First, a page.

Restricted Revenue (avoiding management letter comments, part 2)

Blog
April 9, 2012

Recording restricted contributions can be a confusing topic, so it shows up often as a management letter comment.  Depending on the extent of the matter this could range from a significant deficiency to a material weakness. Below are some suggestions on how identify and record restricted contributions and avoid getting a management letter comment from your auditors.

First, what is a restricted contribution and what isn’t?

  • When a pledge is received and will be paid in future year(s), it is temporarily restricted for time. If it is for a specific program it may also be purpose restricted. These would be recognized as temporarily restricted revenue in the year pledged.
  • A contribution received in the current year that is intended for specific purposes is temporarily restricted. If it is for core or general operations, it is unrestricted.
  • Payments received relating to future memberships or conference revenue are not temporarily restricted as they are not contributions. These would be deferred revenue.
  • Payments received for contract services not yet rendered would be deferred revenue, not temporarily restricted.
  • Advances on exchange transactions when the expenses have not yet been incurred, are deferred revenues.

An important concept to note is that you can’t defer a receivable and vice versa. Deferring is a way of not recognizing the revenue yet. You defer things received but not yet earned. A receivable is revenue you’ve earned and rightly recognized, but not yet received. A temporary restriction is to identify funds received and recognized as revenue, but not yet expended in accordance with donor intent. It’s easy to forget all of that in the face of a confusing revenue event.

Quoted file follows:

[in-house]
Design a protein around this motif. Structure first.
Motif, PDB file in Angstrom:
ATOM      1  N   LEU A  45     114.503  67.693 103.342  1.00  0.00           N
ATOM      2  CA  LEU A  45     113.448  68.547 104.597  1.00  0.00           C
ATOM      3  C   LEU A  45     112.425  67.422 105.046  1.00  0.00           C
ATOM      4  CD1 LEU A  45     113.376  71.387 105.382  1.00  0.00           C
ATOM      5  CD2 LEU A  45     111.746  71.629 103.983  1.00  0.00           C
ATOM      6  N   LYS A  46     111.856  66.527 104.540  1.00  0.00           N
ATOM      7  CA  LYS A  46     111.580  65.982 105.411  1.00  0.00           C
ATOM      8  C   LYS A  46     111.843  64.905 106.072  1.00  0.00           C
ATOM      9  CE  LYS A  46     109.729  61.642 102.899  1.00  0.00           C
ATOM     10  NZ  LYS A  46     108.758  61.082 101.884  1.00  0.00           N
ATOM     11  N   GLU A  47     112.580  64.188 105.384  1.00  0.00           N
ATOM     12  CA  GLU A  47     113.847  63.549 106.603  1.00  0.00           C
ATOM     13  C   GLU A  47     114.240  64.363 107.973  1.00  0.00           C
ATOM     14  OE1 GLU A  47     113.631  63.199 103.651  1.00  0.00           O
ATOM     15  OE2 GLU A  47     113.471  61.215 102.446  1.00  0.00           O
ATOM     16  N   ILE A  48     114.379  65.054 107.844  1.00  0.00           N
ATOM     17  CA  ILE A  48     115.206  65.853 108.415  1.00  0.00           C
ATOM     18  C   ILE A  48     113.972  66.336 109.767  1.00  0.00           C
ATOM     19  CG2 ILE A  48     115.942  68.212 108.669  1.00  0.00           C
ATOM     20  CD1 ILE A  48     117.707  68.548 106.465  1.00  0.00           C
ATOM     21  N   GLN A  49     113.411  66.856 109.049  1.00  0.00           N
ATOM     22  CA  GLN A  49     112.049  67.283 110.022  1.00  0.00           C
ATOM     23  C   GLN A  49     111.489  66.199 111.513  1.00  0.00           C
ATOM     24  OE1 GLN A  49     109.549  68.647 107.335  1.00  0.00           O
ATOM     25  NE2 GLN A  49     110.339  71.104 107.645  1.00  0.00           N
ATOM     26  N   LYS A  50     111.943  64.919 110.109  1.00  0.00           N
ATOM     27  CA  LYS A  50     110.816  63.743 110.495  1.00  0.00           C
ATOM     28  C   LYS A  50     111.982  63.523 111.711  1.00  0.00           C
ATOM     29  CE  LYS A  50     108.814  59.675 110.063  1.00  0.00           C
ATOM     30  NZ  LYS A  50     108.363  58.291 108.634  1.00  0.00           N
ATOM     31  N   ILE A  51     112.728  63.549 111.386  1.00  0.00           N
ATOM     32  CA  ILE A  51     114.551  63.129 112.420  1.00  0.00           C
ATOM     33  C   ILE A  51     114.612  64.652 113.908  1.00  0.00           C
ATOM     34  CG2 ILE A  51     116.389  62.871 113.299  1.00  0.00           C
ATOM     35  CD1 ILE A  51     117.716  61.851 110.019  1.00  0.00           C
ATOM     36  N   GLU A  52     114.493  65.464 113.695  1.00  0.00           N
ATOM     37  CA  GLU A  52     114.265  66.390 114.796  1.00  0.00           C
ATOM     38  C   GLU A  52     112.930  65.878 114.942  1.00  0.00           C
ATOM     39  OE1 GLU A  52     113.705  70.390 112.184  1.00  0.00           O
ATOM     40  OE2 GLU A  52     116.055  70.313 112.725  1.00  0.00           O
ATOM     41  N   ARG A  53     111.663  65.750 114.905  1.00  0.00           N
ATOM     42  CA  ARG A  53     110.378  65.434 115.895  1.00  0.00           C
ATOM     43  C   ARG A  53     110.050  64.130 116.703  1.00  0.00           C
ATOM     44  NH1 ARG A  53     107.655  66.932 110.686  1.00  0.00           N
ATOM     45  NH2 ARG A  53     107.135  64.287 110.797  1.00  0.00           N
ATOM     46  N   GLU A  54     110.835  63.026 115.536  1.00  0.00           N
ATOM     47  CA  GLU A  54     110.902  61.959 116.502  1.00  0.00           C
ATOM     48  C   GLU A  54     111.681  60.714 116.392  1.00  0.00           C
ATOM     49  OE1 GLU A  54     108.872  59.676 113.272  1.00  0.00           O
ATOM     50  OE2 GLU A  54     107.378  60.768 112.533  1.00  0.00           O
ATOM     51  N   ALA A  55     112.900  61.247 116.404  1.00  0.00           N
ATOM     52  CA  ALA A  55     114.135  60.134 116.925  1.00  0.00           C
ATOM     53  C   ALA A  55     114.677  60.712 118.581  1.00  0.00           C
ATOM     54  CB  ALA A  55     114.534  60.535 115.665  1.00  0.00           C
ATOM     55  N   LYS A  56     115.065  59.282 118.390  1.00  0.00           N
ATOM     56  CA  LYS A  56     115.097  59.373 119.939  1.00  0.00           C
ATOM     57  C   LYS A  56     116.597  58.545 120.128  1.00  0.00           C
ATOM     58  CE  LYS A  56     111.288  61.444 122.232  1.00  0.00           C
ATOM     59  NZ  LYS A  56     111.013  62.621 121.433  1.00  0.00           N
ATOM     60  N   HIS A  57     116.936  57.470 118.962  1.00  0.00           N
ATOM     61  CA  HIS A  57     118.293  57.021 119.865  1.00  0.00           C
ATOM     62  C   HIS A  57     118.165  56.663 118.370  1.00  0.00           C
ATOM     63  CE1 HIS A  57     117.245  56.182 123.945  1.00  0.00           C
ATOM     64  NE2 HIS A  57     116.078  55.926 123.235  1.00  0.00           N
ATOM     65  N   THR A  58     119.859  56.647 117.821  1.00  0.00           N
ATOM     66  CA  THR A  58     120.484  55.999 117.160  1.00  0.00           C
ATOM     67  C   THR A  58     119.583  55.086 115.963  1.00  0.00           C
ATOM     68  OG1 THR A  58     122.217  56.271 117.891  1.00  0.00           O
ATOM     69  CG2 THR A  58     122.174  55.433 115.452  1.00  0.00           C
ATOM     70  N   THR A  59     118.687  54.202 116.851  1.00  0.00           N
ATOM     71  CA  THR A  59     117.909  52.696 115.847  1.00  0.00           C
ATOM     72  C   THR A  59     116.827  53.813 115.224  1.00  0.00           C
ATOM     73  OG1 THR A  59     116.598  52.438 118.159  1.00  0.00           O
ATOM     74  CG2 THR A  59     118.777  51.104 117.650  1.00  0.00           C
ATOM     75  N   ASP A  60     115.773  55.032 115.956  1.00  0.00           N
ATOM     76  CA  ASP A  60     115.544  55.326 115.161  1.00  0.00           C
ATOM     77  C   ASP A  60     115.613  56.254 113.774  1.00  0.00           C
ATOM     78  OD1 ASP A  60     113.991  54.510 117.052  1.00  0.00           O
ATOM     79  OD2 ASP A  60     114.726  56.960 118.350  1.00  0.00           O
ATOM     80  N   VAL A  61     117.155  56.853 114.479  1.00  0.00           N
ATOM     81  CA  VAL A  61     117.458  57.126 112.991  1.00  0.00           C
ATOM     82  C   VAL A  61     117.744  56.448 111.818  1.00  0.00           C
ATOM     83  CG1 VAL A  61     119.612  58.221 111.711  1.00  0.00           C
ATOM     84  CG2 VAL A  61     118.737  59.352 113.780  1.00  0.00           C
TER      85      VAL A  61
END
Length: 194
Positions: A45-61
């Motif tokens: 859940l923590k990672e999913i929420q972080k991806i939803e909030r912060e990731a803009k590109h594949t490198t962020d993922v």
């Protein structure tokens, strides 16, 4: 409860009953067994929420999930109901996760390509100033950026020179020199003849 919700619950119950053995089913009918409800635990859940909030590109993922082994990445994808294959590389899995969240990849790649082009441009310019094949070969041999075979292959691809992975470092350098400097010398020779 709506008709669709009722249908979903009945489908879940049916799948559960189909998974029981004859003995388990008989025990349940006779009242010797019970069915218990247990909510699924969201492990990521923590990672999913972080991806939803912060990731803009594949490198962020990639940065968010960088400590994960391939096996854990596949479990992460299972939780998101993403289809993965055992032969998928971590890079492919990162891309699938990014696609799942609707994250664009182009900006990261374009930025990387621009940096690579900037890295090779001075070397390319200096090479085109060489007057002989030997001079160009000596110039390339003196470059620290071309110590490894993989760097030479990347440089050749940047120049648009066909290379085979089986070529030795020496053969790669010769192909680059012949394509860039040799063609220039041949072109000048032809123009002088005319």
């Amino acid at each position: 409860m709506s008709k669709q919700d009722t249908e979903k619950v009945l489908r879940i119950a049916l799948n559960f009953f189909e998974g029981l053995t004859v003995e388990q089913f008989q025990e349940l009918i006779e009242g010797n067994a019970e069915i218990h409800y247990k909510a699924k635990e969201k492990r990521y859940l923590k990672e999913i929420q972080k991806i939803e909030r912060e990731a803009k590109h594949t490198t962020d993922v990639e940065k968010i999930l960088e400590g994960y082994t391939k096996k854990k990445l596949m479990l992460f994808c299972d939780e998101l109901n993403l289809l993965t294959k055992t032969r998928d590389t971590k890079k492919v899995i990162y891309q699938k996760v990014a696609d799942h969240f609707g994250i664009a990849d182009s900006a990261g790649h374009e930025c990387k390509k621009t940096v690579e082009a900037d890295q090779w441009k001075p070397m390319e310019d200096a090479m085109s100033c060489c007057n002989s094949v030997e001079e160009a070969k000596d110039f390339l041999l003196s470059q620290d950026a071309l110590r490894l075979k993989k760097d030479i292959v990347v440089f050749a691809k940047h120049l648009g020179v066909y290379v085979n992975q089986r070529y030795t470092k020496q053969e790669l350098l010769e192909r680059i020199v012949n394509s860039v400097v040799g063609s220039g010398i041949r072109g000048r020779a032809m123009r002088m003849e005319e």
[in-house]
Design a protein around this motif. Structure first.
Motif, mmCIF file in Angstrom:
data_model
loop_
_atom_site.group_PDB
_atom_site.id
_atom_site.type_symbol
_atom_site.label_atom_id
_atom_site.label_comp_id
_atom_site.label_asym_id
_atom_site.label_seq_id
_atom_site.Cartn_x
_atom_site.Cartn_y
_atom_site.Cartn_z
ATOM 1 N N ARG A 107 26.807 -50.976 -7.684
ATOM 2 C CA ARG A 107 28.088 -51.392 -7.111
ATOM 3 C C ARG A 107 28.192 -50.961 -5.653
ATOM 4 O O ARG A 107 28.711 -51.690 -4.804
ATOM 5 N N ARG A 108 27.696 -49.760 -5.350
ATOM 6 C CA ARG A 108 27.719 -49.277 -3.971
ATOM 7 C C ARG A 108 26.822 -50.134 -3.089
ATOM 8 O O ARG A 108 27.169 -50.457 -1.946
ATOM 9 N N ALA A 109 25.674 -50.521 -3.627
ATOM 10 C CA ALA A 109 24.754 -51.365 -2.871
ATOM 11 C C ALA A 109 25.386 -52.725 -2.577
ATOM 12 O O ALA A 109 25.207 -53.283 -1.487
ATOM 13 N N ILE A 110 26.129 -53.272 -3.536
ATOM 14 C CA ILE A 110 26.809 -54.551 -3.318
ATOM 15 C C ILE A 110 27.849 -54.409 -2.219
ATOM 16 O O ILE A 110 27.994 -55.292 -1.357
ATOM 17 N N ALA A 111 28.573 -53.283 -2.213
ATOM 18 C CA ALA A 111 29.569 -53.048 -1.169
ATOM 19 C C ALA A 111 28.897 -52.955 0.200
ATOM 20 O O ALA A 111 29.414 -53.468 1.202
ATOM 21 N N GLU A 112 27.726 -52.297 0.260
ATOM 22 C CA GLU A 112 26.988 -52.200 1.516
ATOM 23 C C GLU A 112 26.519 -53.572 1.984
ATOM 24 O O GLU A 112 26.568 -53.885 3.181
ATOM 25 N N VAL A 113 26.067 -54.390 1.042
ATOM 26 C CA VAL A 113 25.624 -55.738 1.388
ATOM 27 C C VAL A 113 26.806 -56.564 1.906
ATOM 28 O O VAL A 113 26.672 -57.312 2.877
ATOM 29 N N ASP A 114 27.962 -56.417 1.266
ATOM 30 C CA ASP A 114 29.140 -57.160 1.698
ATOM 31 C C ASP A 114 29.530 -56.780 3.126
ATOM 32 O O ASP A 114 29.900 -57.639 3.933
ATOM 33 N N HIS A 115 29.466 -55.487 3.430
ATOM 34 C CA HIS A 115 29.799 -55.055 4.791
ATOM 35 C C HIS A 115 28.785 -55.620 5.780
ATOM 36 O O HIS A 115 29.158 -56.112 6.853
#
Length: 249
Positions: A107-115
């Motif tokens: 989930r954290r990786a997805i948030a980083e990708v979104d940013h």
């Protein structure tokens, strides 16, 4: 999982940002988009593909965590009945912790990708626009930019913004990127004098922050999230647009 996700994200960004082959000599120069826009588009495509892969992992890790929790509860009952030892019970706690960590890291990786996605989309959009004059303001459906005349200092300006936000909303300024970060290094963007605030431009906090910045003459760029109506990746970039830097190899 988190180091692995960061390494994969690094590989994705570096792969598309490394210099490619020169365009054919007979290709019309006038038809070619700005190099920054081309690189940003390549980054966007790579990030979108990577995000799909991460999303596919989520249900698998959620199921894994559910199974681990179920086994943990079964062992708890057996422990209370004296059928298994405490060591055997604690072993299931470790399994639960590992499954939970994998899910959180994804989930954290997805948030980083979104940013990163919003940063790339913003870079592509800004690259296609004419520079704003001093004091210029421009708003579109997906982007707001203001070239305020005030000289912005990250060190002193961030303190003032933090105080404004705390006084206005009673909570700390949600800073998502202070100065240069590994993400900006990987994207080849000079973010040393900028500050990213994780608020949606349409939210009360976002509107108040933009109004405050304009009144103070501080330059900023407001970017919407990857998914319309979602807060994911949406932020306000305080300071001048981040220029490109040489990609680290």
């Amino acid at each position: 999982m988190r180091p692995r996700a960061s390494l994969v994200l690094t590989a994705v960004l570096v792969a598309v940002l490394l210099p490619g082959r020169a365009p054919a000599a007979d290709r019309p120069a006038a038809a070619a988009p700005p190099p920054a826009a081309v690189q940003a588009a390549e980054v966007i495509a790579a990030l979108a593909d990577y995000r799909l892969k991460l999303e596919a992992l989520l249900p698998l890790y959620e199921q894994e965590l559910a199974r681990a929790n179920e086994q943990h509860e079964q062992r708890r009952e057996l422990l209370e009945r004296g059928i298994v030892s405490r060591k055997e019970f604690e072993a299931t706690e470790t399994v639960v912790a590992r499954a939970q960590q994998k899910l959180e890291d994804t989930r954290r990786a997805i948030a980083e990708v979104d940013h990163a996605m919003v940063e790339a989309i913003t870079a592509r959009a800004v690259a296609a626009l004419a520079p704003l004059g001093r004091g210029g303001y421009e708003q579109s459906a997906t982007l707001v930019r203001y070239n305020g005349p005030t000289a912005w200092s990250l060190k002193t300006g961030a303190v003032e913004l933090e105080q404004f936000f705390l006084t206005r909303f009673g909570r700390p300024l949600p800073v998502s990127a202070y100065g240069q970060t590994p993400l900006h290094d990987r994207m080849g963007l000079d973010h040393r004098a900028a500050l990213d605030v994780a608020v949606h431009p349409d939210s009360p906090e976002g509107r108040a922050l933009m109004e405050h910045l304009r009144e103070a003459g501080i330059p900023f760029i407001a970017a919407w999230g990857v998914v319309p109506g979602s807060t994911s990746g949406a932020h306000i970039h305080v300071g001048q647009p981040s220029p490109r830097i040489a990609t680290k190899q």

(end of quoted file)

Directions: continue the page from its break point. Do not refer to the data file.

Examples of time restricted revenue

  • Pledges
  • Bequests

Examples of purpose restricted revenue

  • Grants (that do not qualify as exchange transactions)
  • Funds raised for a specific purpose (i.e. purchase of special equipment or to fund a special program)

When to release restrictions

  • Release time restricted revenue when the funds are received (unless they are also purpose restricted)
  • Release purpose restrictions when the funding is spent in its intended purpose. This is normally done by releasing out of your temporarily restricted balance into your unrestricted revenue an amount equal to the expense incurred for that program.

How to report this on the net asset roll-forward

Start with prior year’s ending balance in restricted net assets, add in any new restricted revenue, subtract any releases.

The ending balance will be shown on your financial statement.

These are just suggestions, if you feel you have a unique setup and need help deciding how to record your revenue, please feel free to contact us.  Part of our job is to help you help yourself.

This is part 2 of a continuing series on common management letter comments.  To see part 1 click here.

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